Tuesday, June 2, 2020

Thank You, Federal Reserve: Amazon Just Borrowed at the Lowest Rate in the Corporate Bond Market Ever

Amazon locked in some of the lowest borrowing costs ever secured in the US corporate bond market on Monday.

The company raised $10 billion in an offering that included three-year notes carrying an interest rate of just 0.4 per cent, reports the Financial Times.

The interest on the new three-year note was less than two-tenths of a percentage point above the rate  set on US government debt when it issued for a similar maturity in May.

The rate it secured on Monday was below the previous record low of 0.45 per cent secured in 2012 and 2013 by companies including Apple, IBM and Walt Disney.

Amazon’s new seven and 10-year borrowings carried coupons of 1.2 per cent and 1.5 per cent, respectively, also the lowest ever in the US corporate bond market, toppling a record set by the retailer Costco earlier this year, according to the financial data provider Refinitiv, whose records go back to 1980.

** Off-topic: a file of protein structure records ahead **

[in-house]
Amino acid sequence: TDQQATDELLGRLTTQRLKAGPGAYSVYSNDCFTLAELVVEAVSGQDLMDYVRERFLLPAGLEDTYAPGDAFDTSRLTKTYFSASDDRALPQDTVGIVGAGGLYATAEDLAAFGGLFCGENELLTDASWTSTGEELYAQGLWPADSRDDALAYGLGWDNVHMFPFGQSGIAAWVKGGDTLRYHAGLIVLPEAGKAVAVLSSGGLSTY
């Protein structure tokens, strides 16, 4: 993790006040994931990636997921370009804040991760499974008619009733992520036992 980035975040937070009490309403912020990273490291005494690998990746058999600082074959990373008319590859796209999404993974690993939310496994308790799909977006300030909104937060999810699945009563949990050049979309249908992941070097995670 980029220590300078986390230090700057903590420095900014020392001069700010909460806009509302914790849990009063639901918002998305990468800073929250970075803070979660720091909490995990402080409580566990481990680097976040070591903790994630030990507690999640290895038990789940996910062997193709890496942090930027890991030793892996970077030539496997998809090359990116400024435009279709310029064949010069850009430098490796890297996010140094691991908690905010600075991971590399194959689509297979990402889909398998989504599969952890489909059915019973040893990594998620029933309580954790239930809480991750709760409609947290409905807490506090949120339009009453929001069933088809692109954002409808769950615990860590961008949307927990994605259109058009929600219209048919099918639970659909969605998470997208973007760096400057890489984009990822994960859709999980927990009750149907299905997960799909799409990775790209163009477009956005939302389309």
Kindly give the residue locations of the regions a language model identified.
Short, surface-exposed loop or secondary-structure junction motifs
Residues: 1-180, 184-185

The coupon on Amazon’s new five-year bond matched a low set by the drugmaker Pfizer in May, at 0.8 per cent.

This is what happens when you have the Federal Reserve pumping out massive amounts on new money. Corporate bond issuance has passed $1tn already this year, a record pace.

But wait until the blowback comes with accelerating price inflation.

The buyers of these bonds are going to be big-time losers of buying power when Bezos finally pays them back.